Example #2 - A barrier to promotion

I know this role isn't a leadership role, but I understand there’s potential to rise to that level. One thing I’d have to work on before getting there is my delegation skills. I have a hard time asking other people to do tasks for me, not because I think I can do them better, but because I don’t want to inconvenience them. At my current company, however, we recently hired an intern, and I’ve been able to slowly pass off tasks that I’d otherwise do myself. I’m eager to continue working on this in a new position. 

Example #3 - I want to be more assertive

I can be more prone to listen than to speak up. While this can be a good trait, it also means I avoid giving my input during internal meetings and calls with clients. Over the past few months, my manager has been encouraging me to share our division’s updates during monthly company-wide meetings, which has helped me gain more confidence in speaking up.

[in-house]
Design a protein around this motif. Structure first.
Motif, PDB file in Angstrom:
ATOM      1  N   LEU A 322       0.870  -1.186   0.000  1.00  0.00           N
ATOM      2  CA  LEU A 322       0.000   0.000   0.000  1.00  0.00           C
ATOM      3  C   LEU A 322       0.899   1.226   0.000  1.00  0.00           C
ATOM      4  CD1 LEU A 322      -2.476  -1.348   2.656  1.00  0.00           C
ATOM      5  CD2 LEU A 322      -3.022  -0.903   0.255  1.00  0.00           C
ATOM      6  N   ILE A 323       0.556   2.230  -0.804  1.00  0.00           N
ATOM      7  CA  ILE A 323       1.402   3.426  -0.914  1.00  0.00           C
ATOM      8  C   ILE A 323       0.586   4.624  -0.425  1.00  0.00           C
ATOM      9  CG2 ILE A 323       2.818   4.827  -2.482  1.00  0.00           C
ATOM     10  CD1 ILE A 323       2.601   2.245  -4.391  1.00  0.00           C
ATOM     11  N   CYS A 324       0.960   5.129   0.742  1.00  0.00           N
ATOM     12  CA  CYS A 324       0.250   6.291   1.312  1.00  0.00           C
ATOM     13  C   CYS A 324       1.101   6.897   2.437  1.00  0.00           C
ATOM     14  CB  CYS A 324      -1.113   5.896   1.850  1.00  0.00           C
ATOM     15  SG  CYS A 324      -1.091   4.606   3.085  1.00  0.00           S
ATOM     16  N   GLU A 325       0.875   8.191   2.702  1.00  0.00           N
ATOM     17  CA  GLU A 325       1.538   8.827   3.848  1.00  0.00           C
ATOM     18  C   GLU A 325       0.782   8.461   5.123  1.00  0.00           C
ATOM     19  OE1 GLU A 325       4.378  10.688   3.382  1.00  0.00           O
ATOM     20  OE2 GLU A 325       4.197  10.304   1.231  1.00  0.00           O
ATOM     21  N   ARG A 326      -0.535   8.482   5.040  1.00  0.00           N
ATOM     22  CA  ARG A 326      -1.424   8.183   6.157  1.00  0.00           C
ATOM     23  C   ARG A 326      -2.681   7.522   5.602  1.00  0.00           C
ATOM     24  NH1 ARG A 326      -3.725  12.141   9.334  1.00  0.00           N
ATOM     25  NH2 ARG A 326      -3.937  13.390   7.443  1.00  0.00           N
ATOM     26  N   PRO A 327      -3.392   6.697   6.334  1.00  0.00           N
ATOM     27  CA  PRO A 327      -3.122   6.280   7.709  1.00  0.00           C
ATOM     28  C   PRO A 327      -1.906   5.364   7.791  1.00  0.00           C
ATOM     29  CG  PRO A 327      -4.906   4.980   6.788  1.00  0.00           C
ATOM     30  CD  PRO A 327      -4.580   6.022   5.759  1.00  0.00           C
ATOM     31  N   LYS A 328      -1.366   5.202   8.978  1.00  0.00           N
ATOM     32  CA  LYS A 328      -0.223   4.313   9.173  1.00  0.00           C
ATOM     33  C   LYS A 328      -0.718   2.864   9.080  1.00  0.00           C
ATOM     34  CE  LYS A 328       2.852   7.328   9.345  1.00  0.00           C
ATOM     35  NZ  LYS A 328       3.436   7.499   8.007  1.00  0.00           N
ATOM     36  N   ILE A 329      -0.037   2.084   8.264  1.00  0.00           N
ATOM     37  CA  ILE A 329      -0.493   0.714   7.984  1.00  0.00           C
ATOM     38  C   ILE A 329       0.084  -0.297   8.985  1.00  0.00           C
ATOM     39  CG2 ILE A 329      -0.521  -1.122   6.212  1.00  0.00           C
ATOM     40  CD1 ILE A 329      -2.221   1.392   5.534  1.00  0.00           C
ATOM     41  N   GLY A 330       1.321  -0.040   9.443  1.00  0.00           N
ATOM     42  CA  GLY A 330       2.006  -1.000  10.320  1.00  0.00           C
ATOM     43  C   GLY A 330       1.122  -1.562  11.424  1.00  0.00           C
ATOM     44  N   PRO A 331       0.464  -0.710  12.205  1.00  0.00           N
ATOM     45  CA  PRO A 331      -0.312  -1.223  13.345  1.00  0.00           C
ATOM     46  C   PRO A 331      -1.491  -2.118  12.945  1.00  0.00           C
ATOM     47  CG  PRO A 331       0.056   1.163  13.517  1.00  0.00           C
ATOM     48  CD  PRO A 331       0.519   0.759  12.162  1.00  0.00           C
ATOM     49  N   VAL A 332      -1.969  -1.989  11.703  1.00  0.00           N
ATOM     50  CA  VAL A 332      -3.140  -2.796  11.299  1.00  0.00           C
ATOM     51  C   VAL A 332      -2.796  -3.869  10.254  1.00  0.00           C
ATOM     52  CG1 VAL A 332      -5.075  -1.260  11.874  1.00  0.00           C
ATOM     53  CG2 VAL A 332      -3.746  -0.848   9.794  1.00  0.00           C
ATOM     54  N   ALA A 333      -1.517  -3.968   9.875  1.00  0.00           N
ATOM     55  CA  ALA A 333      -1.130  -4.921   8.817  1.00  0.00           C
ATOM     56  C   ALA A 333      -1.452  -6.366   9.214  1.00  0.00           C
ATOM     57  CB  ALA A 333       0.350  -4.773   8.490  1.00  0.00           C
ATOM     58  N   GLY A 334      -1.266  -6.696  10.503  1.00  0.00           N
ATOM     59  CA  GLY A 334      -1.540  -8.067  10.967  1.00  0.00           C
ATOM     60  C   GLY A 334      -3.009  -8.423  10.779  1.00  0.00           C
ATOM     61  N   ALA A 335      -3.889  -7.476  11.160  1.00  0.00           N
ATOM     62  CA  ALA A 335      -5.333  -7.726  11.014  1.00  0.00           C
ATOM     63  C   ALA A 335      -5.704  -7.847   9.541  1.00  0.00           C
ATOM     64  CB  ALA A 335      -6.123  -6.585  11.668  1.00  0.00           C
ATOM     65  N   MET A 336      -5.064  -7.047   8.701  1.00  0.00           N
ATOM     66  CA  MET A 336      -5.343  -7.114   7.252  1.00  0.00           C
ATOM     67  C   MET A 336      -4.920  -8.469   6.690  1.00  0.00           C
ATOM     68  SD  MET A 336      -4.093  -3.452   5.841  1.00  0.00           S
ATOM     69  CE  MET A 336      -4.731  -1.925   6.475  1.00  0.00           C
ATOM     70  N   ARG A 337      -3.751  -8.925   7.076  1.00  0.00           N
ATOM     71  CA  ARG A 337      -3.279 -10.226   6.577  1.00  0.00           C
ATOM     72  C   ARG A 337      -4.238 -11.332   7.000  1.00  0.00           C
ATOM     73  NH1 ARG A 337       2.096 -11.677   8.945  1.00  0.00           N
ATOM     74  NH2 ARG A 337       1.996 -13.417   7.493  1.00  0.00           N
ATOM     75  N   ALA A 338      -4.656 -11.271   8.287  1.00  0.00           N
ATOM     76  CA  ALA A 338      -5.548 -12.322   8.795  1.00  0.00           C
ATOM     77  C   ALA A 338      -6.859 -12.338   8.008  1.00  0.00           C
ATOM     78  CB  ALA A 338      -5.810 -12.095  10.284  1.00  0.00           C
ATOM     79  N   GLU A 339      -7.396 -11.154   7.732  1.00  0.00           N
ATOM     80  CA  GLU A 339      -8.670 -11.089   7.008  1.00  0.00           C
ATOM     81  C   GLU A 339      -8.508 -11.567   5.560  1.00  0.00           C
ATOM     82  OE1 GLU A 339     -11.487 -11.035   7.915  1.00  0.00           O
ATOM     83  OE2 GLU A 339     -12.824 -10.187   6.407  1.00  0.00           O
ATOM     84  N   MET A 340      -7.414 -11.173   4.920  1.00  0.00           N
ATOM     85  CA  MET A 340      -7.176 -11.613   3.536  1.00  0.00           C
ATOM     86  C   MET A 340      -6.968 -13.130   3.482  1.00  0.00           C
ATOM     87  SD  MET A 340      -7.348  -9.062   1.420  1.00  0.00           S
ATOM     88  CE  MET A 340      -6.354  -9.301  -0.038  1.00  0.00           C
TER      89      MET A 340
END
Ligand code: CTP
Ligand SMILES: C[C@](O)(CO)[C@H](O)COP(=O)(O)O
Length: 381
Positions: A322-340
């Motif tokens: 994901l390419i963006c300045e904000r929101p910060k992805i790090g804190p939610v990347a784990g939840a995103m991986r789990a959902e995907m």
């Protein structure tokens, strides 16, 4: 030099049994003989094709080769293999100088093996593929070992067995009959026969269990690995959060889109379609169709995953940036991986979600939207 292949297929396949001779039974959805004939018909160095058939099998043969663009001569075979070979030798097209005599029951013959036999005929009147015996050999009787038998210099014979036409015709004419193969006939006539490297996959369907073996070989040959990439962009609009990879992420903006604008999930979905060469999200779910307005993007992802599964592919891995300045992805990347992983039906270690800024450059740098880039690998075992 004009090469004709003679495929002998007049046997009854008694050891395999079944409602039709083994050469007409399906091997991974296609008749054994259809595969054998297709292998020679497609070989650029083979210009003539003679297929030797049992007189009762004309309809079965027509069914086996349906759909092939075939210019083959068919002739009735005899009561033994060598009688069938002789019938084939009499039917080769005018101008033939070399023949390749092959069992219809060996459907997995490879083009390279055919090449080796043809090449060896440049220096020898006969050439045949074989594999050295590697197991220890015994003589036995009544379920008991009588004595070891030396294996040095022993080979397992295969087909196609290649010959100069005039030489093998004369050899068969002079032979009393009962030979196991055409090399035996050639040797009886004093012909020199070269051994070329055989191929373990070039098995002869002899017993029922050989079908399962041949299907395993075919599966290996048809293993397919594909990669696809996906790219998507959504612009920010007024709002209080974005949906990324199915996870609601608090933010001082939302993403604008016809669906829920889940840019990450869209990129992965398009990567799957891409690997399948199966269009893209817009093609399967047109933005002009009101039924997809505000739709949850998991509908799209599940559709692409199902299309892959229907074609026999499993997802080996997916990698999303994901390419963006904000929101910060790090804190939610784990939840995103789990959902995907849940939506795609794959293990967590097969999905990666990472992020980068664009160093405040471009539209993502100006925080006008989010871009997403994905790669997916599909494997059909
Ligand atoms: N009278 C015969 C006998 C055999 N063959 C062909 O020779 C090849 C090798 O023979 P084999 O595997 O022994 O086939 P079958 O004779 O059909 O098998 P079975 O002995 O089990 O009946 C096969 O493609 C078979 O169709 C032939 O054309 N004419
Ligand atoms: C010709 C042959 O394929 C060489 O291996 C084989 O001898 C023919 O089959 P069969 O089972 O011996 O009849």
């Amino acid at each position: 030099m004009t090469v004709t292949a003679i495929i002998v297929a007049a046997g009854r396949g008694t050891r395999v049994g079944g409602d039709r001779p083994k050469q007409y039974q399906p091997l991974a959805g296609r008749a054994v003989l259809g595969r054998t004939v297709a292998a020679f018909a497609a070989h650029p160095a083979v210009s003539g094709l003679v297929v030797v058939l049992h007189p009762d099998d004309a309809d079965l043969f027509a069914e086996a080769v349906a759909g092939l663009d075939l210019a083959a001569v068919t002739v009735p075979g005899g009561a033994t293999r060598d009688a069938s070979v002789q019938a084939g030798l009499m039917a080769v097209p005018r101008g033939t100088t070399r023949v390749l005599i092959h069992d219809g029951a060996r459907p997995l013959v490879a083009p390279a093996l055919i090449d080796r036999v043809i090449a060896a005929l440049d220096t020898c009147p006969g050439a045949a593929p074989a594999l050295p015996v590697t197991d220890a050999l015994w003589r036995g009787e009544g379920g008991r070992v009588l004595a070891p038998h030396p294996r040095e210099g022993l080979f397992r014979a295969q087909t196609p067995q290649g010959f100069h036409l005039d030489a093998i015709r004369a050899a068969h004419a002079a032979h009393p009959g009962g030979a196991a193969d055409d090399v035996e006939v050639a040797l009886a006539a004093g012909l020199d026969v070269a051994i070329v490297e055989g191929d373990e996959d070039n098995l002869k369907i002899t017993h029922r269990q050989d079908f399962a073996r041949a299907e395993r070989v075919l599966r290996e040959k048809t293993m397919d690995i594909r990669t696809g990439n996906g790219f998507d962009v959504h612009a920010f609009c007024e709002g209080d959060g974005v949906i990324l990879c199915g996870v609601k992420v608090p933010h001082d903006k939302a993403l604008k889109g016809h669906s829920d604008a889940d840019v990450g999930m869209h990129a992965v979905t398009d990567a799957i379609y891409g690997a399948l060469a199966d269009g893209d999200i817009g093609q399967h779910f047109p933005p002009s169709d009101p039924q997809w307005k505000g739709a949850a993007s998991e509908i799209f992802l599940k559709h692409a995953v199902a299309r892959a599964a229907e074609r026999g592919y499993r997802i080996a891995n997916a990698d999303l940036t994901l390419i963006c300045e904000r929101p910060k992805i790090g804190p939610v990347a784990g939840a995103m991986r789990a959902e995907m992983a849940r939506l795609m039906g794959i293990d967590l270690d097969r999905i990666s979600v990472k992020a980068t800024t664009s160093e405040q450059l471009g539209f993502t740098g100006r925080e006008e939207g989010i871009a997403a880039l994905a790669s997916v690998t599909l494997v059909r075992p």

Example #4 - I lack a valuable skill

I notice the job description calls for expertise in Python. I'd say my skills are moderate. But if chosen for this role, I'd be sure to find a course to improve my skills.

Read more: Ask a Recruiter: What’s the Deal with Ghosting in the Workforce?

Mistakes to avoid

It’s easy to come off as disingenuous when discussing your weaknesses because it’s never easy to be open about your flaws—especially when you’re talking to a potential employer. If you want to make the best impression possible, here’s what not to bring up. 

Don’t talk about a problem that you should have dealt with by now

It may go without saying, but don’t use weaknesses that will actually hurt your chances at the job.